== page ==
Comparing float and decimal
Tim Roberts
timr at probo.com
Thu Sep 25 09:55:52 CEST 2008
Marc 'BlackJack' Rintsch <bj_666 at gmx.net> wrote:
>
>On Tue, 23 Sep 2008 07:08:07 -0700, Michael Palmer wrote:
>
>>> > This seems to break the rule that if A is equal to B and B is equal
>>> > to C then A is equal to C.
>>>
>>> I don't see why transitivity should apply to Python objects in general.
>>
>> Well, for numbers it surely would be a nice touch, wouldn't it. May be
>> the reason for Decimal to accept float arguments is that irrational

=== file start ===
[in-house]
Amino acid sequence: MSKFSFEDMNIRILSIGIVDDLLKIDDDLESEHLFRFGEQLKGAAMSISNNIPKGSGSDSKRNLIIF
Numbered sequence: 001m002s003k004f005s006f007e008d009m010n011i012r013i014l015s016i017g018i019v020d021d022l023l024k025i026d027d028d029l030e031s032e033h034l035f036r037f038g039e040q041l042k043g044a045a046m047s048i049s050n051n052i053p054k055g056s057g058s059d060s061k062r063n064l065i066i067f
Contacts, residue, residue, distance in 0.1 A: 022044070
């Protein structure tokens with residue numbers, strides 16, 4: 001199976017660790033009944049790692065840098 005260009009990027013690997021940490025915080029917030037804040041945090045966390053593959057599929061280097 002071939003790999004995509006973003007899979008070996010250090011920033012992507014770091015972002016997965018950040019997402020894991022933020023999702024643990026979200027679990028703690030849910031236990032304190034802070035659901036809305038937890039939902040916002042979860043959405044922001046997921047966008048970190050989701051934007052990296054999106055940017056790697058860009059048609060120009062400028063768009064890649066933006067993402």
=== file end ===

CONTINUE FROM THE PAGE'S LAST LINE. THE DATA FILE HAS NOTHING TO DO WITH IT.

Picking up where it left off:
>> numbers or very long rational numbers cannot be converted to a Decimal
>> without rounding error, and Decimal doesn't want any part of it. Seems
>> pointless to me, though.
>
>Is 0.1 a very long number? Would you expect ``0.1 == Decimal('0.1')`` to
>be `True` or `False` given that 0.1 actually is
>
>In [98]: '%.50f' % 0.1
>Out[98]: '0.10000000000000000555111512312578270211815834045410'
>?
Actually, it's not. Your C run-time library is generating random digits
after it runs out of useful information (which is the first 16 or 17
digits). 0.1 in an IEEE 784 double is this:
0.100000000000000088817841970012523233890533447265625
--
Tim Roberts, timr at probo.com
Providenza & Boekelheide, Inc.
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